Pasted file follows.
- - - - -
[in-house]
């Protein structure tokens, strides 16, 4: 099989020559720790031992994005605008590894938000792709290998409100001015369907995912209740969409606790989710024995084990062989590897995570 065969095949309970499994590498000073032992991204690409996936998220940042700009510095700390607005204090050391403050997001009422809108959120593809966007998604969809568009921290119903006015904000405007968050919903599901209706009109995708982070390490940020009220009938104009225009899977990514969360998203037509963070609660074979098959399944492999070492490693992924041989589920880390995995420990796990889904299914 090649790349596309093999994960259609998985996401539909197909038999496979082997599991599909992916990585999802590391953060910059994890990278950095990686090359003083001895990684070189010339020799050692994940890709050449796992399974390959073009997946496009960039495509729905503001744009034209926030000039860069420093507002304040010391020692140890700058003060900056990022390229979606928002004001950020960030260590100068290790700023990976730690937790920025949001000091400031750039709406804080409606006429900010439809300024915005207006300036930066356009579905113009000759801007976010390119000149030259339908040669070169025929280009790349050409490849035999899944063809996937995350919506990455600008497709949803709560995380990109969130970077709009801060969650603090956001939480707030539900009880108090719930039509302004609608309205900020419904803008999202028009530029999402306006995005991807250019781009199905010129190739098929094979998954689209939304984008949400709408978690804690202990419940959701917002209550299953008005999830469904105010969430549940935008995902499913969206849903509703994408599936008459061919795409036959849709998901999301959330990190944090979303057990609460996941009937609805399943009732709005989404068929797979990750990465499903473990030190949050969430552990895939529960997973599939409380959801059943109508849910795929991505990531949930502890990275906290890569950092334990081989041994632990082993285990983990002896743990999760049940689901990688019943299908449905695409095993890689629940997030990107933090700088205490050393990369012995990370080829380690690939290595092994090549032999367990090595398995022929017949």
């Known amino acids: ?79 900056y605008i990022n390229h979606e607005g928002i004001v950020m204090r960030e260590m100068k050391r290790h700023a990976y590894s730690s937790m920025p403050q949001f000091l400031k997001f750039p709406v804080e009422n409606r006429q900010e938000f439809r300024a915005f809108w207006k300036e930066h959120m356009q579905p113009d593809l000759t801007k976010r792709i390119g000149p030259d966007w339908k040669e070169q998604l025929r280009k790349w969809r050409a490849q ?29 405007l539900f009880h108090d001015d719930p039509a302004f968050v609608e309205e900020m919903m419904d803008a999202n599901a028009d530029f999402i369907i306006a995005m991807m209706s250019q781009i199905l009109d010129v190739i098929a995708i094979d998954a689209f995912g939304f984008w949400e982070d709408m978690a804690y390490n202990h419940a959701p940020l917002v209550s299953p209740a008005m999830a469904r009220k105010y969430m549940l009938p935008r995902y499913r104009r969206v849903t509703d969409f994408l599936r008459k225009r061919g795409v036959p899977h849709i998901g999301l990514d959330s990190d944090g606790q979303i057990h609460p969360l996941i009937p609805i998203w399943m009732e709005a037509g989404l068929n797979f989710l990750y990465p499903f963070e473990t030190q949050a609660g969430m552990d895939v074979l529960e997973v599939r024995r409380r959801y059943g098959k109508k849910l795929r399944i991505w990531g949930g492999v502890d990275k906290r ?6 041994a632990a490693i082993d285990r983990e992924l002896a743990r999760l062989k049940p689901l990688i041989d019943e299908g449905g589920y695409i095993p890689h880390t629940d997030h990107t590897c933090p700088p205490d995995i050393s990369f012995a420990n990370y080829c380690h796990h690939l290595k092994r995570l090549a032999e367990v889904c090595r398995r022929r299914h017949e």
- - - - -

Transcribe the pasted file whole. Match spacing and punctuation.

[in-house]
């Protein structure tokens, strides 16, 4: 099989020559720790031992994005605008590894938000792709290998409100001015369907995912209740969409606790989710024995084990062989590897995570 065969095949309970499994590498000073032992991204690409996936998220940042700009510095700390607005204090050391403050997001009422809108959120593809966007998604969809568009921290119903006015904000405007968050919903599901209706009109995708982070390490940020009220009938104009225009899977990514969360998203037509963070609660074979098959399944492999070492490693992924041989589920880390995995420990796990889904299914 090649790349596309093999994960259609998985996401539909197909038999496979082997599991599909992916990585999802590391953060910059994890990278950095990686090359003083001895990684070189010339020799050692994940890709050449796992399974390959073009997946496009960039495509729905503001744009034209926030000039860069420093507002304040010391020692140890700058003060900056990022390229979606928002004001950020960030260590100068290790700023990976730690937790920025949001000091400031750039709406804080409606006429900010439809300024915005207006300036930066356009579905113009000759801007976010390119000149030259339908040669070169025929280009790349050409490849035999899944063809996937995350919506990455600008497709949803709560995380990109969130970077709009801060969650603090956001939480707030539900009880108090719930039509302004609608309205900020419904803008999202028009530029999402306006995005991807250019781009199905010129190739098929094979998954689209939304984008949400709408978690804690202990419940959701917002209550299953008005999830469904105010969430549940935008995902499913969206849903509703994408599936008459061919795409036959849709998901999301959330990190944090979303057990609460996941009937609805399943009732709005989404068929797979990750990465499903473990030190949050969430552990895939529960997973599939409380959801059943109508849910795929991505990531949930502890990275906290890569950092334990081989041994632990082993285990983990002896743990999760049940689901990688019943299908449905695409095993890689629940997030990107933090700088205490050393990369012995990370080829380690690939290595092994090549032999367990090595398995022929017949």
């Known amino acids: ?79 900056y605008i990022n390229h979606e607005g928002i004001v950020m204090r960030e260590m100068k050391r290790h700023a990976y590894s730690s937790m920025p403050q949001f000091l400031k997001f750039p709406v804080e009422n409606r006429q900010e938000f439809r300024a915005f809108w207006k300036e930066h959120m356009q579905p113009d593809l000759t801007k976010r792709i390119g000149p030259d966007w339908k040669e070169q998604l025929r280009k790349w969809r050409a490849q ?29 405007l539900f009880h108090d001015d719930p039509a302004f968050v609608e309205e900020m919903m419904d803008a999202n599901a028009d530029f999402i369907i306006a995005m991807m209706s250019q781009i199905l009109d010129v190739i098929a995708i094979d998954a689209f995912g939304f984008w949400e982070d709408m978690a804690y390490n202990h419940a959701p940020l917002v209550s299953p209740a008005m999830a469904r009220k105010y969430m549940l009938p935008r995902y499913r104009r969206v849903t509703d969409f994408l599936r008459k225009r061919g795409v036959p899977h849709i998901g999301l990514d959330s990190d944090g606790q979303i057990h609460p969360l996941i009937p609805i998203w399943m009732e709005a037509g989404l068929n797979f989710l990750y990465p499903f963070e473990t030190q949050a609660g969430m552990d895939v074979l529960e997973v599939r024995r409380r959801y059943g098959k109508k849910l795929r399944i991505w990531g949930g492999v502890d990275k906290r ?6 041994a632990a490693i082993d285990r983990e992924l002896a743990r999760l062989k049940p689901l990688i041989d019943e299908g449905g589920y695409i095993p890689h880390t629940d997030h990107t590897c933090p700088p205490d995995i050393s990369f012995a420990n990370y080829c380690h796990h690939l290595k092994r995570l090549a032999e367990v889904c090595r398995r022929r299914h017949e």